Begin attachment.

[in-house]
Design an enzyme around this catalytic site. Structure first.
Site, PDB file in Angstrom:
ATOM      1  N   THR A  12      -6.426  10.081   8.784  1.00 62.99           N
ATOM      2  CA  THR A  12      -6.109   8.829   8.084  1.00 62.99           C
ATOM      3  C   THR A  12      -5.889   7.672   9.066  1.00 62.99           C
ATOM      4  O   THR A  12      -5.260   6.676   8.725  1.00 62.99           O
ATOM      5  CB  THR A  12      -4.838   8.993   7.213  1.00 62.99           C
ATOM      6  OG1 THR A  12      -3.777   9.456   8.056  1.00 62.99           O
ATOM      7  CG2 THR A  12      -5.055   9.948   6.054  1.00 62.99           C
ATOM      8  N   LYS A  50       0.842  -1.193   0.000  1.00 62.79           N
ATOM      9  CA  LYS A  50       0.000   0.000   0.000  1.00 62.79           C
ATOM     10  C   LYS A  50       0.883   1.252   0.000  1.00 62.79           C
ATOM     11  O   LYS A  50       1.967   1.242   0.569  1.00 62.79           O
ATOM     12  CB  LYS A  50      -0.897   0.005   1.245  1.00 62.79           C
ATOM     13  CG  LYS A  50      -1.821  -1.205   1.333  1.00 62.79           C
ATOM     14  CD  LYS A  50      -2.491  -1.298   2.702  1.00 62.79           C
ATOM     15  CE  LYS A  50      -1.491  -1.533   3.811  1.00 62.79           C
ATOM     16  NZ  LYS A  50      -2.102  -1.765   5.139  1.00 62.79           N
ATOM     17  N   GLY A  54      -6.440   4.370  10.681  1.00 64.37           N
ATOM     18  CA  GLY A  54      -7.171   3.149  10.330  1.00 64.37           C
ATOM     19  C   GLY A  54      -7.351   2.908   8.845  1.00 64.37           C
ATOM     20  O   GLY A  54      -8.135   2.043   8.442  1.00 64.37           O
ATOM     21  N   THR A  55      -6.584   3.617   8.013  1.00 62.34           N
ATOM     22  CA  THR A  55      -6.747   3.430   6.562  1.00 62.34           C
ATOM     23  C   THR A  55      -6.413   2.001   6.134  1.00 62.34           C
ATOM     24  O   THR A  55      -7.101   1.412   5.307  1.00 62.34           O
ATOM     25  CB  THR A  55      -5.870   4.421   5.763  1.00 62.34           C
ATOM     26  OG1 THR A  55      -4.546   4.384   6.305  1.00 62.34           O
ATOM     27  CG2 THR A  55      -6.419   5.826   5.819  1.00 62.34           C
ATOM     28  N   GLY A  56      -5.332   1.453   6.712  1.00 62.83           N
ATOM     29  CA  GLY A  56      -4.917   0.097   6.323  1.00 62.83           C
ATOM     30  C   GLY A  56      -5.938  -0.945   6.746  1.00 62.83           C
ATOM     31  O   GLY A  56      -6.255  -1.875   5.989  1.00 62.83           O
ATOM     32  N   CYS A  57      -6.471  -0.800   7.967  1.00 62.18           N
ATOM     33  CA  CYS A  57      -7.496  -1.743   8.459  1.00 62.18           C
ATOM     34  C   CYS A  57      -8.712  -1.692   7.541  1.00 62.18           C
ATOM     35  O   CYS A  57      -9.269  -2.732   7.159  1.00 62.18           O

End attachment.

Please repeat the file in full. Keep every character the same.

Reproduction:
[in-house]
Design an enzyme around this catalytic site. Structure first.
Site, PDB file in Angstrom:
ATOM      1  N   THR A  12      -6.426  10.081   8.784  1.00 62.99           N
ATOM      2  CA  THR A  12      -6.109   8.829   8.084  1.00 62.99           C
ATOM      3  C   THR A  12      -5.889   7.672   9.066  1.00 62.99           C
ATOM      4  O   THR A  12      -5.260   6.676   8.725  1.00 62.99           O
ATOM      5  CB  THR A  12      -4.838   8.993   7.213  1.00 62.99           C
ATOM      6  OG1 THR A  12      -3.777   9.456   8.056  1.00 62.99           O
ATOM      7  CG2 THR A  12      -5.055   9.948   6.054  1.00 62.99           C
ATOM      8  N   LYS A  50       0.842  -1.193   0.000  1.00 62.79           N
ATOM      9  CA  LYS A  50       0.000   0.000   0.000  1.00 62.79           C
ATOM     10  C   LYS A  50       0.883   1.252   0.000  1.00 62.79           C
ATOM     11  O   LYS A  50       1.967   1.242   0.569  1.00 62.79           O
ATOM     12  CB  LYS A  50      -0.897   0.005   1.245  1.00 62.79           C
ATOM     13  CG  LYS A  50      -1.821  -1.205   1.333  1.00 62.79           C
ATOM     14  CD  LYS A  50      -2.491  -1.298   2.702  1.00 62.79           C
ATOM     15  CE  LYS A  50      -1.491  -1.533   3.811  1.00 62.79           C
ATOM     16  NZ  LYS A  50      -2.102  -1.765   5.139  1.00 62.79           N
ATOM     17  N   GLY A  54      -6.440   4.370  10.681  1.00 64.37           N
ATOM     18  CA  GLY A  54      -7.171   3.149  10.330  1.00 64.37           C
ATOM     19  C   GLY A  54      -7.351   2.908   8.845  1.00 64.37           C
ATOM     20  O   GLY A  54      -8.135   2.043   8.442  1.00 64.37           O
ATOM     21  N   THR A  55      -6.584   3.617   8.013  1.00 62.34           N
ATOM     22  CA  THR A  55      -6.747   3.430   6.562  1.00 62.34           C
ATOM     23  C   THR A  55      -6.413   2.001   6.134  1.00 62.34           C
ATOM     24  O   THR A  55      -7.101   1.412   5.307  1.00 62.34           O
ATOM     25  CB  THR A  55      -5.870   4.421   5.763  1.00 62.34           C
ATOM     26  OG1 THR A  55      -4.546   4.384   6.305  1.00 62.34           O
ATOM     27  CG2 THR A  55      -6.419   5.826   5.819  1.00 62.34           C
ATOM     28  N   GLY A  56      -5.332   1.453   6.712  1.00 62.83           N
ATOM     29  CA  GLY A  56      -4.917   0.097   6.323  1.00 62.83           C
ATOM     30  C   GLY A  56      -5.938  -0.945   6.746  1.00 62.83           C
ATOM     31  O   GLY A  56      -6.255  -1.875   5.989  1.00 62.83           O
ATOM     32  N   CYS A  57      -6.471  -0.800   7.967  1.00 62.18           N
ATOM     33  CA  CYS A  57      -7.496  -1.743   8.459  1.00 62.18           C
ATOM     34  C   CYS A  57      -8.712  -1.692   7.541  1.00 62.18           C
ATOM     35  O   CYS A  57      -9.269  -2.732   7.159  1.00 62.18           O